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I was really impressed at this year’s 10th annual International Hoof-Care Summit to see the growing number of farriers who brought their young apprentices to this mid-winter event. It indicates the increased emphasis being placed on the value of continuing farrier education and also demonstrates the fact that the footcare business is once again picking up steam.
Data from last fall’s 2012 Farrier Business Practices Survey conducted among American Farriers Journal readers indicates 62% of today’s full-time farriers served an apprenticeship. The typical apprenticeship lasted 22 months before the farrier went out on his or her own.
Among part-time shoers, 60% served a typical 18-month apprenticeship.
But apprenticeships aren’t the end of the learning experience. Many farriers continue to ride a day or more per month with their mentors or other successful hoof-care professionals to further expand their footcare knowledge.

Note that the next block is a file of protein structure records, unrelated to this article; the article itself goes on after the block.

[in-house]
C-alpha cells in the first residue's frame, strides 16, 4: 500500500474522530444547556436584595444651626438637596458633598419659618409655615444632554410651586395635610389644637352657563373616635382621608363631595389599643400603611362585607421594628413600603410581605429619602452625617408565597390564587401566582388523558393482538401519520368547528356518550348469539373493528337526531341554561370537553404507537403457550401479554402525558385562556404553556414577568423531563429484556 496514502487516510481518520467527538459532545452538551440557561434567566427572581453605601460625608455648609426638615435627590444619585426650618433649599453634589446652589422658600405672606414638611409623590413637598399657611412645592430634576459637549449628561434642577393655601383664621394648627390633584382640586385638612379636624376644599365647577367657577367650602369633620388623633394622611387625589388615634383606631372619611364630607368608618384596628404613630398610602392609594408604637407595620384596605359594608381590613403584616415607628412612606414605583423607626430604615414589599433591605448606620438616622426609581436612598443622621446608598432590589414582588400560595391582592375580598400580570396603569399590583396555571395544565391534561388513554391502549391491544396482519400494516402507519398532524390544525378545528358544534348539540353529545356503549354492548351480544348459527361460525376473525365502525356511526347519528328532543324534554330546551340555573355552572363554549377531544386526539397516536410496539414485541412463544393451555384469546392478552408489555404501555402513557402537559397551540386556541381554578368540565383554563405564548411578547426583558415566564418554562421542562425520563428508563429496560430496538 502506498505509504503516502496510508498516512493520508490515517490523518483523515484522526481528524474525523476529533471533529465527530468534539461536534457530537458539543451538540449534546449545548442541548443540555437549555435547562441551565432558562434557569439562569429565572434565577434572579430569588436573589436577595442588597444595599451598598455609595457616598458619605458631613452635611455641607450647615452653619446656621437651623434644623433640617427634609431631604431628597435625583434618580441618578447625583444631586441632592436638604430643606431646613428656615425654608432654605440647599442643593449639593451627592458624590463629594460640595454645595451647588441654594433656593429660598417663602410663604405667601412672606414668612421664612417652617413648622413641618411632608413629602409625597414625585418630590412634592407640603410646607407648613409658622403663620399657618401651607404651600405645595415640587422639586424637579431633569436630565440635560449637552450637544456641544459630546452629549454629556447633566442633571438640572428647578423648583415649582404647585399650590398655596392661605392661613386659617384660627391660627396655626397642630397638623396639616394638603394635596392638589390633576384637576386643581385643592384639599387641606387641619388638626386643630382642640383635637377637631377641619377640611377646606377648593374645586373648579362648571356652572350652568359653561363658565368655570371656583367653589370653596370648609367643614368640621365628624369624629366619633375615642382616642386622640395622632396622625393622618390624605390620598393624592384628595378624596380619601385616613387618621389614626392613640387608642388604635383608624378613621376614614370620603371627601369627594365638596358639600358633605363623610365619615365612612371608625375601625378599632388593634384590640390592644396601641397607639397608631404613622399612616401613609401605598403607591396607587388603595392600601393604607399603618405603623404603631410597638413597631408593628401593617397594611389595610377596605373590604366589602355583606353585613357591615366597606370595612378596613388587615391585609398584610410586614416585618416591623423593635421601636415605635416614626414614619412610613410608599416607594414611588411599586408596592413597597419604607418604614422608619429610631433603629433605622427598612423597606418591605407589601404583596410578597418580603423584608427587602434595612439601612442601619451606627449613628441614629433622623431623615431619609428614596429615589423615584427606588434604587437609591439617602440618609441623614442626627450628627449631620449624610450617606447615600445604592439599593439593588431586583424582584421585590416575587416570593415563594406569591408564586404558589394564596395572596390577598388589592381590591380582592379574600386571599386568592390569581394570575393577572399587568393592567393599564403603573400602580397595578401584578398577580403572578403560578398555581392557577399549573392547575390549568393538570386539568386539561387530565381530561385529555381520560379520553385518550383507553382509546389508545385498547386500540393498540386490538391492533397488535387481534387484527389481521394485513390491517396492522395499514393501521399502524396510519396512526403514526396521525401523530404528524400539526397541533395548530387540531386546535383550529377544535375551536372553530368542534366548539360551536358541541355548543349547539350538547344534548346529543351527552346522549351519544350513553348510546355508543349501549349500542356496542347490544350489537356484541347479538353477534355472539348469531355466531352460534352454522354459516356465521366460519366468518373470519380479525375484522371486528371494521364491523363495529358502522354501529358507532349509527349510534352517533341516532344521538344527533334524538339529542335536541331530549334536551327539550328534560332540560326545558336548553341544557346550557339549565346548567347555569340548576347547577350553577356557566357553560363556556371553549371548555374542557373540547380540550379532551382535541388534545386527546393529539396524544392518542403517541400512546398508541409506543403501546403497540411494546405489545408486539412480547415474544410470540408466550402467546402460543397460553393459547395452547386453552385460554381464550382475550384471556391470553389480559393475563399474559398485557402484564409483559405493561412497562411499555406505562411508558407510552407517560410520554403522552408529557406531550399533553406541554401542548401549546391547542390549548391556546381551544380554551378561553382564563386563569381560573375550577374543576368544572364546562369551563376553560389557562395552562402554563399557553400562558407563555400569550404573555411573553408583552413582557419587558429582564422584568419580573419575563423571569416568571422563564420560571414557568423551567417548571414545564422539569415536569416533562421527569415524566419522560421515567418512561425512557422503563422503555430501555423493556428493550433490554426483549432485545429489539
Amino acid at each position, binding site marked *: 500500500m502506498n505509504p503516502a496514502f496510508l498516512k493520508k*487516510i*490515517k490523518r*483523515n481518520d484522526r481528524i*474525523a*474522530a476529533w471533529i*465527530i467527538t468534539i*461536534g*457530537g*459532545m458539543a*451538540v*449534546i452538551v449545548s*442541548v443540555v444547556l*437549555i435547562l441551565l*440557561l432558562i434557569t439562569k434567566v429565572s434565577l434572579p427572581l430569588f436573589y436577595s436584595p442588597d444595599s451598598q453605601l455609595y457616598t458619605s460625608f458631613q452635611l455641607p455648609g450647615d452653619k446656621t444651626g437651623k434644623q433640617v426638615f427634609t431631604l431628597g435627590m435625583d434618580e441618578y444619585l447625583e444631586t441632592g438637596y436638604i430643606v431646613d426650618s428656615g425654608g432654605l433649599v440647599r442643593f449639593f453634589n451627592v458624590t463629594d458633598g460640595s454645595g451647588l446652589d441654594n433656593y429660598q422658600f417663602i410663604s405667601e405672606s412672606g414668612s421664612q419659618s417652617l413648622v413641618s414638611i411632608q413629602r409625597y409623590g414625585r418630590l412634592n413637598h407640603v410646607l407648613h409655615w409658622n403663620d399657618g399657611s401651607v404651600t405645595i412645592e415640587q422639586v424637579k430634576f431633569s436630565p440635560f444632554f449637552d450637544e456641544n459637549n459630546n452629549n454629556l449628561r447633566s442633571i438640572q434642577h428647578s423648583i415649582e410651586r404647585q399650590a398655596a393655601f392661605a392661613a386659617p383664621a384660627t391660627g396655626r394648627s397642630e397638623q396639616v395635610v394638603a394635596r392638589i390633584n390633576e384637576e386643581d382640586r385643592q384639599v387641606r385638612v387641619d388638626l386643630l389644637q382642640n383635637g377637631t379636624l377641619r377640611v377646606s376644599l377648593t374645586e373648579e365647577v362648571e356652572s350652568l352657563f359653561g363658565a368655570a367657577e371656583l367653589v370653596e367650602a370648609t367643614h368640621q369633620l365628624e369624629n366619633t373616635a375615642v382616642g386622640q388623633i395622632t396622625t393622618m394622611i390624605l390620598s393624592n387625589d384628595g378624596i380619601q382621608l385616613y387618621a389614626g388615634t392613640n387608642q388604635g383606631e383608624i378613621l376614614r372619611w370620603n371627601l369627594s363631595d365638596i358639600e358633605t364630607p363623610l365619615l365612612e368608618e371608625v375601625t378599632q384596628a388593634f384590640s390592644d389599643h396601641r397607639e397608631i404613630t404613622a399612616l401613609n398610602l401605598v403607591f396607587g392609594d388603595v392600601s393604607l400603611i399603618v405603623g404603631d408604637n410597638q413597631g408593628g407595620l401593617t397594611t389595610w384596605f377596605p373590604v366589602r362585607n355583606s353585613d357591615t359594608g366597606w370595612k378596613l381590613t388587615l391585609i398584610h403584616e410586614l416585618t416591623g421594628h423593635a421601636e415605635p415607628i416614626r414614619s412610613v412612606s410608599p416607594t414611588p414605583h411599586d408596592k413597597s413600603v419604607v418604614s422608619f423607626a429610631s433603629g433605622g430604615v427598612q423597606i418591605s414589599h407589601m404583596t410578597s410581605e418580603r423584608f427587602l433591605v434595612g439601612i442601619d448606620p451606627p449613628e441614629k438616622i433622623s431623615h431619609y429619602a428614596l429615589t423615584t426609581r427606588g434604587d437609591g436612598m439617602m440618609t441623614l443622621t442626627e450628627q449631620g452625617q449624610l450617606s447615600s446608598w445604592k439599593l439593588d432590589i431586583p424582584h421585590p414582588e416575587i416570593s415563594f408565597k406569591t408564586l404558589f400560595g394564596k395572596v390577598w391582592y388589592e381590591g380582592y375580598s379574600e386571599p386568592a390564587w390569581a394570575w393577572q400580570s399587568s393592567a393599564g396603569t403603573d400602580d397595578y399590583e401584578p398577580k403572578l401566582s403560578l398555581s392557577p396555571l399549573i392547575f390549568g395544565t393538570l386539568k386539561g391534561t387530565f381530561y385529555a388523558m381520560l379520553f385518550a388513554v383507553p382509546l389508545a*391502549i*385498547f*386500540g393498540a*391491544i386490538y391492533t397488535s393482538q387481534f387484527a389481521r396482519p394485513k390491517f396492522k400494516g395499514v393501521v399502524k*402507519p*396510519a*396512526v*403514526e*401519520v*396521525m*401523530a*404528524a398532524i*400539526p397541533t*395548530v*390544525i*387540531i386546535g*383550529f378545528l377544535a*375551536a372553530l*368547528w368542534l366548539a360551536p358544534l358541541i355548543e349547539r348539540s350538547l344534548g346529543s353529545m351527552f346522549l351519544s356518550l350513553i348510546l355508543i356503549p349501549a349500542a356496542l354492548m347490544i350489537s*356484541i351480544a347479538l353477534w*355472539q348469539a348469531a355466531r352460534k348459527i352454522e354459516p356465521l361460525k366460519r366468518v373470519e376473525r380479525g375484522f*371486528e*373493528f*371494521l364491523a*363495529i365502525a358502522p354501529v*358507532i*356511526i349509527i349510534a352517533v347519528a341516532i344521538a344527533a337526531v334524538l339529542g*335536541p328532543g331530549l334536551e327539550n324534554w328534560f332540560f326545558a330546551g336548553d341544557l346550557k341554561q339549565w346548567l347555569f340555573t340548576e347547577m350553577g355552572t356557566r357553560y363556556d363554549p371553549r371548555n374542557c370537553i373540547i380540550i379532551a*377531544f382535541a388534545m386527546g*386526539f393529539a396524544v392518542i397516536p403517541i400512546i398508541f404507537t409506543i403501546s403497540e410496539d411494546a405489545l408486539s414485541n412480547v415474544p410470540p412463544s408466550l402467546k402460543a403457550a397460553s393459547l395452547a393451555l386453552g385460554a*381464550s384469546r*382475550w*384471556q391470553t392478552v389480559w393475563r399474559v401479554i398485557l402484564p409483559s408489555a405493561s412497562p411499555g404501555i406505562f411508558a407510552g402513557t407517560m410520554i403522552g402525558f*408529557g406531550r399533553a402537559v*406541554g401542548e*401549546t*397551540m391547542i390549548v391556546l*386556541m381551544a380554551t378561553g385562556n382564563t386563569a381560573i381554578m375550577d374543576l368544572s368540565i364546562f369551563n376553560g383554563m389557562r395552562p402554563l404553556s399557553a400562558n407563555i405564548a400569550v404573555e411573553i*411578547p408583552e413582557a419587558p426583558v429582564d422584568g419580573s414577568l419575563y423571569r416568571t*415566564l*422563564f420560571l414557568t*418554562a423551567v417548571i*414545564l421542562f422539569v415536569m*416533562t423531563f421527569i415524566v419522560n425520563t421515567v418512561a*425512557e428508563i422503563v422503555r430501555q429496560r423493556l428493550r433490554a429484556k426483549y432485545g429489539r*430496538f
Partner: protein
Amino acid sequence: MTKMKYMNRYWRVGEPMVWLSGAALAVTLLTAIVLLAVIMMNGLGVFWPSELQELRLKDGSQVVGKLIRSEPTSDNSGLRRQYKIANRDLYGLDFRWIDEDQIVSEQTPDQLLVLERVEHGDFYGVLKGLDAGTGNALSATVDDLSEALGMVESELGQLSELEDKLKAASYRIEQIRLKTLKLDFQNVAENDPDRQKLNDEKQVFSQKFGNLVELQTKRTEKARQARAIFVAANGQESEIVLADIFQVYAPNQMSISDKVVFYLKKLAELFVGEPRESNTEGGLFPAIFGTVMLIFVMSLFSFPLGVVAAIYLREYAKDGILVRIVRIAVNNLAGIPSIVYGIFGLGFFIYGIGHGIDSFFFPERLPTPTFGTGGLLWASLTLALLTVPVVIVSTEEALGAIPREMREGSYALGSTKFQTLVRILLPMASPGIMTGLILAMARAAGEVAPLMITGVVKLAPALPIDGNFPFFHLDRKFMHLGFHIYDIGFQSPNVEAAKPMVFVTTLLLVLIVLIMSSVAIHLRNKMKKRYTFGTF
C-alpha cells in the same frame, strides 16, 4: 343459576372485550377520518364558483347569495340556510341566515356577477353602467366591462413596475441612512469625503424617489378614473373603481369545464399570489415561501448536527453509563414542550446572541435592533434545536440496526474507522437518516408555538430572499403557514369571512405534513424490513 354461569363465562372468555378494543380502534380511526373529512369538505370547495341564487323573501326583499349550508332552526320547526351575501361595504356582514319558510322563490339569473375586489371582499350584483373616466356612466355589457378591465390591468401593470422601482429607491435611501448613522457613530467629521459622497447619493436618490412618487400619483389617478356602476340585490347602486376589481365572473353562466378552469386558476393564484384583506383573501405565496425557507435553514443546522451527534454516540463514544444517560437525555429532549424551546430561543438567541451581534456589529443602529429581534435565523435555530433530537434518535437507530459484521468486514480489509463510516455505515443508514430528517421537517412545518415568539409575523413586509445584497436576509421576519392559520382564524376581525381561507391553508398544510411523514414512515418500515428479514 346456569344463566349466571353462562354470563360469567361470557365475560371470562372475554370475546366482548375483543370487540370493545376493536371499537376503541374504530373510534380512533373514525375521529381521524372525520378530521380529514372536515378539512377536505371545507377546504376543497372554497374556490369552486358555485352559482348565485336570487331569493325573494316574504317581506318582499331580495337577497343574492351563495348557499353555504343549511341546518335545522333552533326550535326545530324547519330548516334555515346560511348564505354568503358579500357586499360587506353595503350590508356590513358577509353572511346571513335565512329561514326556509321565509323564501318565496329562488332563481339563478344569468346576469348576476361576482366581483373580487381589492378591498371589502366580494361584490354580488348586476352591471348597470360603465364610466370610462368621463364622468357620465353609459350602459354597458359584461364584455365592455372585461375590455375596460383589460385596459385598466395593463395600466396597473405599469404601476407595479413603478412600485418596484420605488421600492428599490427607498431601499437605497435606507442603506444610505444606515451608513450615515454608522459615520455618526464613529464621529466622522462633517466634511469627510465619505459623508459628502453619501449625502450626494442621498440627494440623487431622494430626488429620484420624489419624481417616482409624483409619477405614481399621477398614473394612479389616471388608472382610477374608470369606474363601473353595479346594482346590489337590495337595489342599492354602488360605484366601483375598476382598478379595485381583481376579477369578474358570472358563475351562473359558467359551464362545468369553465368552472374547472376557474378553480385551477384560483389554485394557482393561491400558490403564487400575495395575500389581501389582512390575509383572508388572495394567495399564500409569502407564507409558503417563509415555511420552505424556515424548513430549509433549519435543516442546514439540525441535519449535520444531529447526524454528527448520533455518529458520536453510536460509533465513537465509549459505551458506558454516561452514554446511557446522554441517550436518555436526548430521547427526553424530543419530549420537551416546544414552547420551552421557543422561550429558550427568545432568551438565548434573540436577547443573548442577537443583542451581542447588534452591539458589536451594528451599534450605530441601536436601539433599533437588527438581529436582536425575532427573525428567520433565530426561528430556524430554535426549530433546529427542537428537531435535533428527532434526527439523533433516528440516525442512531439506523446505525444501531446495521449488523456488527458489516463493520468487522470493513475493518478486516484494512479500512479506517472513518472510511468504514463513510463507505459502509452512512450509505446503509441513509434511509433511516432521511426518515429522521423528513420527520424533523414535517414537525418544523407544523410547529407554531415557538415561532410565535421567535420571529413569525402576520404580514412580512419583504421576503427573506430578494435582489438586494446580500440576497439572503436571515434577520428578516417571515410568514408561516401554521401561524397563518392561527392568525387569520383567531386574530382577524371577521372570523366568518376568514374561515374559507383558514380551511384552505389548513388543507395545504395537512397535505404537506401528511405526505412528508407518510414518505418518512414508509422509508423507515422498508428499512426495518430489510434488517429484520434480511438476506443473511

While mentors gain from the teaching experience and apprentices gain from learning, the reverse can also be true. A successful one-on-one mentor/apprenticeship program should not only be about giving, but receiving as well.
Both parties can gain a great deal when they make a full commitment to this in-the-field learning experience.
Many veteran farriers see taking on apprentices as a way of giving back to an industry that has treated them very well over the years. In fact, many farriers like to share the footcare ideas they’ve learned the hard way over the years so younger farriers can avoid making the same mistakes. This is an…